But Burkhead has increasingly endeared himself to others by running hard and decisively, and few can recall him fumbling more than three times in his career. Additionally, he is appreciated for his dedicated work ethic and his gracious, humble demeanor.

Although he is not known for breakaway speed, “he’s like a wild animal when he has the ball in his arms and uses that off-hand as a weapon,” Nebraska running backs coach Ron Brown says. “He plays the game with incredible enthusiasm, passion and with a fierce spirit.”

Burkhead says he approaches each play with a “fearless” attitude and lets his talents and instincts take charge. His teammates and position coach have noticed firsthand his passion for football, best illustrated by his work ethic and his leadership by example. “He’s gone above and beyond in terms of training, Brown says. “Anything that he can do to improve something in his game, he’s hungry to do it. He’s one of the most coachable guys I’ve ever seen.”

Perhaps Burkhead has most impacted others for Christ with his attitude of humility and servanthood. “Whatever helps the team, whatever helps us win games is what I want to do,” he says.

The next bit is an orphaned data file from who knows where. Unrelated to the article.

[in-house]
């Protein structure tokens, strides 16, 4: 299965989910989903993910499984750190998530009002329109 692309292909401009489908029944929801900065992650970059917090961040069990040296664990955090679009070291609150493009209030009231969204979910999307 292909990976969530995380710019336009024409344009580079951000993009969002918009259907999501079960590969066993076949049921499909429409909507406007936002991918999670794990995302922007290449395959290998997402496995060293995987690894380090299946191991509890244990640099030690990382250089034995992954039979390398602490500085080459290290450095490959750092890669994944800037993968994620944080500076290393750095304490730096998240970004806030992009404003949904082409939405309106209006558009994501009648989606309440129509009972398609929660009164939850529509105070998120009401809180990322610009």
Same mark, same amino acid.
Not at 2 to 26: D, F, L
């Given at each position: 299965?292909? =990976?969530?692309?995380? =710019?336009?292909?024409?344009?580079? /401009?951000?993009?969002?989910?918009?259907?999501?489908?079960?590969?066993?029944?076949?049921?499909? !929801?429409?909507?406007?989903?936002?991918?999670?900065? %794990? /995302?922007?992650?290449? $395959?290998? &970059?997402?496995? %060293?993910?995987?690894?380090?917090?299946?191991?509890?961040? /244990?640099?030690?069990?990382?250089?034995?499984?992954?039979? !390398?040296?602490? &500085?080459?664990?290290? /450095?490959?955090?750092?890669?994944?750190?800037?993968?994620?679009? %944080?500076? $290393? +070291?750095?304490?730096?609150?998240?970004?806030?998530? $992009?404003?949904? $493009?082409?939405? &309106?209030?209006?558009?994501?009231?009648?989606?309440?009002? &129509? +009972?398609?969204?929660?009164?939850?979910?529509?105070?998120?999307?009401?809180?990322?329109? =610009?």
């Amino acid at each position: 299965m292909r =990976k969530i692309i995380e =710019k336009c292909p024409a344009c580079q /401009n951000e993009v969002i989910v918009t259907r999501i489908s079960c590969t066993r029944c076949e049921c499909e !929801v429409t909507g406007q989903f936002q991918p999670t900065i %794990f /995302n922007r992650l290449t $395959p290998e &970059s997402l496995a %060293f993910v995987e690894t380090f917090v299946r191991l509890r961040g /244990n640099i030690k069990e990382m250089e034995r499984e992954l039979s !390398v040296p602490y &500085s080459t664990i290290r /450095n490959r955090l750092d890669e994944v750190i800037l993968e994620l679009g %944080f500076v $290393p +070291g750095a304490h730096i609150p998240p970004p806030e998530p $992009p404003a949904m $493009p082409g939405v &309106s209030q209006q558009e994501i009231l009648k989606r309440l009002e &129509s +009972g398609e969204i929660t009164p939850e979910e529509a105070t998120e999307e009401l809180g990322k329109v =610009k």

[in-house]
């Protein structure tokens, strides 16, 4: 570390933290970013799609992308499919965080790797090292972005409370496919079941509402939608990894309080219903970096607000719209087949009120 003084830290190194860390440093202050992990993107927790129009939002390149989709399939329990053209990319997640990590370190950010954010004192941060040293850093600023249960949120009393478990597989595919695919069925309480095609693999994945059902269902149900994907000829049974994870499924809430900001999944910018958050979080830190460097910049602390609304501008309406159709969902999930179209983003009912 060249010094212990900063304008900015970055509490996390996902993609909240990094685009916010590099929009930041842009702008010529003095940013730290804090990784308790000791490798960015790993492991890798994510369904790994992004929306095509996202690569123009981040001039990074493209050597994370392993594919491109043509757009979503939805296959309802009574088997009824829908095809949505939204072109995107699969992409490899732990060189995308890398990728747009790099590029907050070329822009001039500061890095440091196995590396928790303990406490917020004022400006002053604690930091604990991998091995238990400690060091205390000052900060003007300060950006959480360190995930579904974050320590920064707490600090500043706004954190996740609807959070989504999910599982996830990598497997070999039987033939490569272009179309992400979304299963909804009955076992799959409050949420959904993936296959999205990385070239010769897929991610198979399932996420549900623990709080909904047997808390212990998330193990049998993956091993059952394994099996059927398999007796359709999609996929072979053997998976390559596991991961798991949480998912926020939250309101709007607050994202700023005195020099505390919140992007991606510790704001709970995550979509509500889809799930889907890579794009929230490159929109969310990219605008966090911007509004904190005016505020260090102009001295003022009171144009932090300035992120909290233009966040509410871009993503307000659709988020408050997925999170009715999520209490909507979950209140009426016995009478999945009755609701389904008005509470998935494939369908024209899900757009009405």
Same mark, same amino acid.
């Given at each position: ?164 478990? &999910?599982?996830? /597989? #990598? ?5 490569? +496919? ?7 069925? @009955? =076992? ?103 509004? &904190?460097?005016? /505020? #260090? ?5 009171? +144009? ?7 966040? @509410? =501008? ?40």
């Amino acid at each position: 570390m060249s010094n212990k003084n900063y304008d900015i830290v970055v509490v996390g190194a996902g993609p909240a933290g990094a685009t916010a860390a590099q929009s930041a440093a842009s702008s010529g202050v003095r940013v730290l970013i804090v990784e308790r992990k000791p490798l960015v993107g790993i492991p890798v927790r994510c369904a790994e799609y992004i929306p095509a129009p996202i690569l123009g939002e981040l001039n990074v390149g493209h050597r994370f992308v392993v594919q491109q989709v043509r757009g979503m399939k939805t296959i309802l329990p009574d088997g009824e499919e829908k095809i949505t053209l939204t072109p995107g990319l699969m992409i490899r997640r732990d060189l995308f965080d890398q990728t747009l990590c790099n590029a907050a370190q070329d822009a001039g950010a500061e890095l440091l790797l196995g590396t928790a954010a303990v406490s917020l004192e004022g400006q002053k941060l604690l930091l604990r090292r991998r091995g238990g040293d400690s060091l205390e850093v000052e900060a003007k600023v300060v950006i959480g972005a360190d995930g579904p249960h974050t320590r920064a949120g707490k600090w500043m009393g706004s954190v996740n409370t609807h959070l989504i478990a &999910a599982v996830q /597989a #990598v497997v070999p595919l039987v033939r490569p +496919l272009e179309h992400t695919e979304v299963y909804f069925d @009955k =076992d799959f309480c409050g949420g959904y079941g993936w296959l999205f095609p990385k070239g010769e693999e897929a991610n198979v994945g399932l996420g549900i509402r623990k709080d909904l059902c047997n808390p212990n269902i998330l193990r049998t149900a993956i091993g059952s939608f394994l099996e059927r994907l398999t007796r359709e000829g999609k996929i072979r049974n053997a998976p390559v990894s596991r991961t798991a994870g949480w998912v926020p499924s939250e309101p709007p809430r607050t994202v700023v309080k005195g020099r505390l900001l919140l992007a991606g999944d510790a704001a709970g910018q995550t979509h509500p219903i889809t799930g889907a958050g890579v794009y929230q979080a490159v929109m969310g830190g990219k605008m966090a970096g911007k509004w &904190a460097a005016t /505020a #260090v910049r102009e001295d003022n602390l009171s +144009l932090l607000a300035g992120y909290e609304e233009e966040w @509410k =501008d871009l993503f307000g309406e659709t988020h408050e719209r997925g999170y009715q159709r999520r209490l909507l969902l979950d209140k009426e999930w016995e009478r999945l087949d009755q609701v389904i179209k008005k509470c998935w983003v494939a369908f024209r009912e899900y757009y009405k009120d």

His versatility as an athlete certainly does not hurt. In addition to rushing he has made plays catching and throwing passes or executed a key block to create a big play. One of his most memorable plays was catching a short pass from Taylor Martinez in the comeback win over Ohio State in 2011. Martinez was being rushed and threw to Burkhead, who was able to evade the defender’s tackle with a little hop and then head to the end zone for the game-tying touchdown.

FCA staff member Robbie Trent has seen how God has used Burkhead, an Academic All-American, as well. “Rex is a guy that really desires to be an ambassador of Christ and to correctly handle the Word of Truth,” Trent says. “He definitely is desiring to reflect Christ in everything he does.”

Aaron Green, one of two talented sophomores, who trail Burkhead on the depth chart at I-back, sees Burkhead as a leader. “The best lesson I got from Rex is to go hard always, in all that I do,” he says. “Once you see him in the weight room and on practice, you know you got to go hard, because Rex brings it every day.”

In addition to simply playing for the Huskers, Burkhead, is continuing their tradition of great I-backs such as Roger Craig, Mike Rozier, Calvin Jones, Ahman Green, Roy Helu, Jr., etc. “It’s a privilege”to have such a platform, Burkhead says.

“I’ve appreciated Rex’s generosity with his time,” Trent says. “He has been more than generous,” to share his testimony, the Gospel with people in Nebraska.

Says Brown: “It’s an honor to have him in my room every day, to coach him, and he rubs off on everybody, including me.”

By Timothy Laux

Timothy Laux is a freelance writer who lives in Nebraska.